I was talking to my sister last night. We were both voracious readers as children, my sister to the point she used to rob books from the library. She’s shaking her head now as I tell her I’m writing this – why would she steal books from a library? We can’t remember. She feels terrible about it. This is how good a person she is.
There was a period of about five or six years – it ended recently – where I stopped reading fiction. I don’t know why, it wasn’t a conscious decision. I was being pregnant and having children for a lot of this time; I could only read in snatches. I’d always choose some dastardly health book about how not to die. Now I think about it, one of them was actually called How Not To Die. I also read some shocking unputdownable memoirs; I particularly favoured the medical sort, as is in fashion now. I read quite a few books about dying, about dying patients and end-of-life care. Possibly a delayed reaction to seeing my father die. He wasn’t ready and it wasn’t peaceful for him. I’d read the odd poem, usually by Mary Oliver or Walt Whitman. And lots of cookery books; I’d gaze at recipes and think how great life would be if I cooked like that, or if I could somehow magically have all the ingredients in my cupboard without having to go to the supermarket.
Mentally, I was living in a kind of a nightmare world, I think. I see that now my brain is being soothed by reading fiction again. It is so much more nourishing, to me, than the other stuff I was reading. The towering Maya Angelou said: ‘When I look back, I am so impressed again with the life-giving power of literature. If I were a young person today, trying to gain a sense of myself in the world, I would do that again by reading, just as I did when I was young.’ Wow. Doesn’t that say so much? The life-giving power of literature. Yes! It resurrects you, it gives you life! If you recognise something about yourself in a great work of art, if you learn something about yourself; if you discover that you are not alone. If you just let your ear and heart fall around the words, let them wash over you like a cool shower, leaving you forever changed in some way. It’s glorious. Reading is glorious and I’ve rediscovered how much I used to love it, how I used to fall into it, how it made me glad to be alive.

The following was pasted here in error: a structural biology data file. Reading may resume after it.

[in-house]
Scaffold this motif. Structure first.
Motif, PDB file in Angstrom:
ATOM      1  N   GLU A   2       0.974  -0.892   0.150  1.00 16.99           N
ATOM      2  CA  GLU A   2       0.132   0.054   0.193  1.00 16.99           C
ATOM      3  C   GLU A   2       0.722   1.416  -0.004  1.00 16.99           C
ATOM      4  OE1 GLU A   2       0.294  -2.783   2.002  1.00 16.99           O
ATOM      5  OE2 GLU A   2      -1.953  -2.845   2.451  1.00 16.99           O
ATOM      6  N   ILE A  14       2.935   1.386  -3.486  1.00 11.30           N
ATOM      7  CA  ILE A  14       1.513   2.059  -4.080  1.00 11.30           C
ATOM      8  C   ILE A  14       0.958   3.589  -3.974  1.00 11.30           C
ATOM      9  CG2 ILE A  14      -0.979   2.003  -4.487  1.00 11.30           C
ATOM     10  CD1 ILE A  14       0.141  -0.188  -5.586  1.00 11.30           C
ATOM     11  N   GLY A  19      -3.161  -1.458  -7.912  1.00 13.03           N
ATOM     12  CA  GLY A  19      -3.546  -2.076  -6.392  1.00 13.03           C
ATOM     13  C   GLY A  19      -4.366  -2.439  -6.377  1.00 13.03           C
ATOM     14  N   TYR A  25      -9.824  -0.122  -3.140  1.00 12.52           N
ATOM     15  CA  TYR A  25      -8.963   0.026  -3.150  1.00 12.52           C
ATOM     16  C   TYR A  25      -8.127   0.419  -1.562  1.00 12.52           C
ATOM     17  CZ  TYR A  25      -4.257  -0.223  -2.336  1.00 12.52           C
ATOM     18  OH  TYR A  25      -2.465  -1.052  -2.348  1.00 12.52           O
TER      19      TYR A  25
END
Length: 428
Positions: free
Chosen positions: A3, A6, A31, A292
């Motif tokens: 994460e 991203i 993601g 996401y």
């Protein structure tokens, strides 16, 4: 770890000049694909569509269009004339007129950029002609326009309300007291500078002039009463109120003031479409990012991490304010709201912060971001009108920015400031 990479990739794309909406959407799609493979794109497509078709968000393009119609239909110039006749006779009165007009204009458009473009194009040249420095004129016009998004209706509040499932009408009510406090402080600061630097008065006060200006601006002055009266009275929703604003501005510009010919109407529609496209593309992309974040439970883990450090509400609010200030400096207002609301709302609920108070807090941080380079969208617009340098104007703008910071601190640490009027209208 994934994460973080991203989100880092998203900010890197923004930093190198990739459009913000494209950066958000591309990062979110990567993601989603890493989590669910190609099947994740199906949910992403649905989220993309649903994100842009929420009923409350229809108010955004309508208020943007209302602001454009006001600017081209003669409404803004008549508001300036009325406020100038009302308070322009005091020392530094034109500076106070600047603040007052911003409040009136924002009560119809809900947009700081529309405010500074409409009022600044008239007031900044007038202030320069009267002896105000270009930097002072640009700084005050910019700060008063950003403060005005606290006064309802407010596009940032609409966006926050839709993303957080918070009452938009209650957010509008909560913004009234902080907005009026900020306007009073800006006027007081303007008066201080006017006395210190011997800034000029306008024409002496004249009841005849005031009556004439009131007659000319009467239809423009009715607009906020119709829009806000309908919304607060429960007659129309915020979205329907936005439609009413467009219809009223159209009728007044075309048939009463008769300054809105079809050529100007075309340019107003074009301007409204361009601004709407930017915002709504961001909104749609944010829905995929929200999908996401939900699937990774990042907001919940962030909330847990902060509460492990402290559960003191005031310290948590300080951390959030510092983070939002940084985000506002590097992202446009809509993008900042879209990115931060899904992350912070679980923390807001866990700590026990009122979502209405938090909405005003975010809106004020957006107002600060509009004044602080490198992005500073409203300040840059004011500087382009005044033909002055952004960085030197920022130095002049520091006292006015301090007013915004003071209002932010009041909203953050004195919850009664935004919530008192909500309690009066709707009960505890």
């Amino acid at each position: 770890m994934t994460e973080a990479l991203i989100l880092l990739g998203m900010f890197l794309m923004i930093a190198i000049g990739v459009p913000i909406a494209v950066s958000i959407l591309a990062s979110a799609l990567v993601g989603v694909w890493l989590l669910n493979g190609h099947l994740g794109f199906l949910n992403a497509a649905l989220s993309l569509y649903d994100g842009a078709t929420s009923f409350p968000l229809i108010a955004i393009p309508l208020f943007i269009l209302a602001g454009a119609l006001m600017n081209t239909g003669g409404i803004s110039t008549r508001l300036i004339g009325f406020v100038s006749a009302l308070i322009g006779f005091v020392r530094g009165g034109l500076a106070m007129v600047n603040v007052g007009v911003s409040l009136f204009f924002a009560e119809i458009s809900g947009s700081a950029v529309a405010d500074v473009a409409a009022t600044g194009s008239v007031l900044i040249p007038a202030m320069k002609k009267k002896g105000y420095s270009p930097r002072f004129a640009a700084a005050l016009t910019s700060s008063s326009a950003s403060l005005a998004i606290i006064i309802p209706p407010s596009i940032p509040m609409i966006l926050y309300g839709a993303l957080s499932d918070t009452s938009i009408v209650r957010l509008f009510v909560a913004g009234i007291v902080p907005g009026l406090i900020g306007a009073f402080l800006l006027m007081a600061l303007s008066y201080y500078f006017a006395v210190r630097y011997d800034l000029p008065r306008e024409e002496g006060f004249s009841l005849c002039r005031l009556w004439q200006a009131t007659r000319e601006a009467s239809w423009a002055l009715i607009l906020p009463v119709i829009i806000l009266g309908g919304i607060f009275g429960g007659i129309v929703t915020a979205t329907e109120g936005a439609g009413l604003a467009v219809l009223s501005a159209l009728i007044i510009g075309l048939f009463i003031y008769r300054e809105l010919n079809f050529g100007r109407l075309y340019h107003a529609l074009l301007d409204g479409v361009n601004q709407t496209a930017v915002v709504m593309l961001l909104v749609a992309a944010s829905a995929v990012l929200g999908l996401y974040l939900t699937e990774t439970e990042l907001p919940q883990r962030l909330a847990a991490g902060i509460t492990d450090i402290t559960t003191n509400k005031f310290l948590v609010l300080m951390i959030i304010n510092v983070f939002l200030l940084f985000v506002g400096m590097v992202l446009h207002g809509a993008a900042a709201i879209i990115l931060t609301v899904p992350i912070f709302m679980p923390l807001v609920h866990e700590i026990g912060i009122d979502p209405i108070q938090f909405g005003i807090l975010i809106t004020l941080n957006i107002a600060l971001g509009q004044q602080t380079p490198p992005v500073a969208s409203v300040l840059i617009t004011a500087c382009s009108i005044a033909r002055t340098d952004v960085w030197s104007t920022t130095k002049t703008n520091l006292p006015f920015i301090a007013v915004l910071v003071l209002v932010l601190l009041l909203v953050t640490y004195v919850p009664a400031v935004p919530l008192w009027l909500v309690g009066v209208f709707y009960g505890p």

What on earth was I doing not reading stories when, growing up, they were my lifeblood? And yes, as Maya Angelou says, it helps you gain a sense of yourself in the world. It helps you understand the world and your place in it. I do have a lot of information in my head now about what causes high cholesterol, or what to eat to offset dementia, or what the gut microbiome actually is – but hell! None of it is as useful or memorable as learning as a young child about death and renewal, and how precious life is, from E.B. White’s Charlotte’s Web, or the power of the mind to be first flattened, then galvanised into overcoming any obstacle, as I found out in Francis Hodgson Burnett’s The Secret Garden. On deep and passionate friendship, neglect, death, security and the pure, redemptive love of a guardian – Goodnight Mr Tom by Michelle Magorian had a profound effect on me as a child and has remained in my consciousness ever since. Or finding out as a teenager that Holden Caulfield found things equally as shit as I did, and for that matter, Hamlet did too; and that the pedestrian minutiae of life and relationships could be both comic and wholly revealing about human nature, as Jane Austen taught me. Charlotte Bronte, who put such poetry to isolation and depression in Jane Eyre, and let us soar up again as Jane found love. The breathless delight, the sheer chutzpah, the utter fun that is Dodie Smith’s I Capture The Castle.
These are some of the books I read as a child, each becoming part of who I am, each parenting me in some way, too. In childhood, I could not be dragged away from books. Now as I plough deeper into adulthood, into middle age – as I sail closer to that unknown horizon, where life morphs into something else, I think: I just want to read, read, read. There is so much to learn. I am at 0.000000000001% of what I want to learn about humans on earth, and it’s all there to be revealed, in words, in stories, inside books.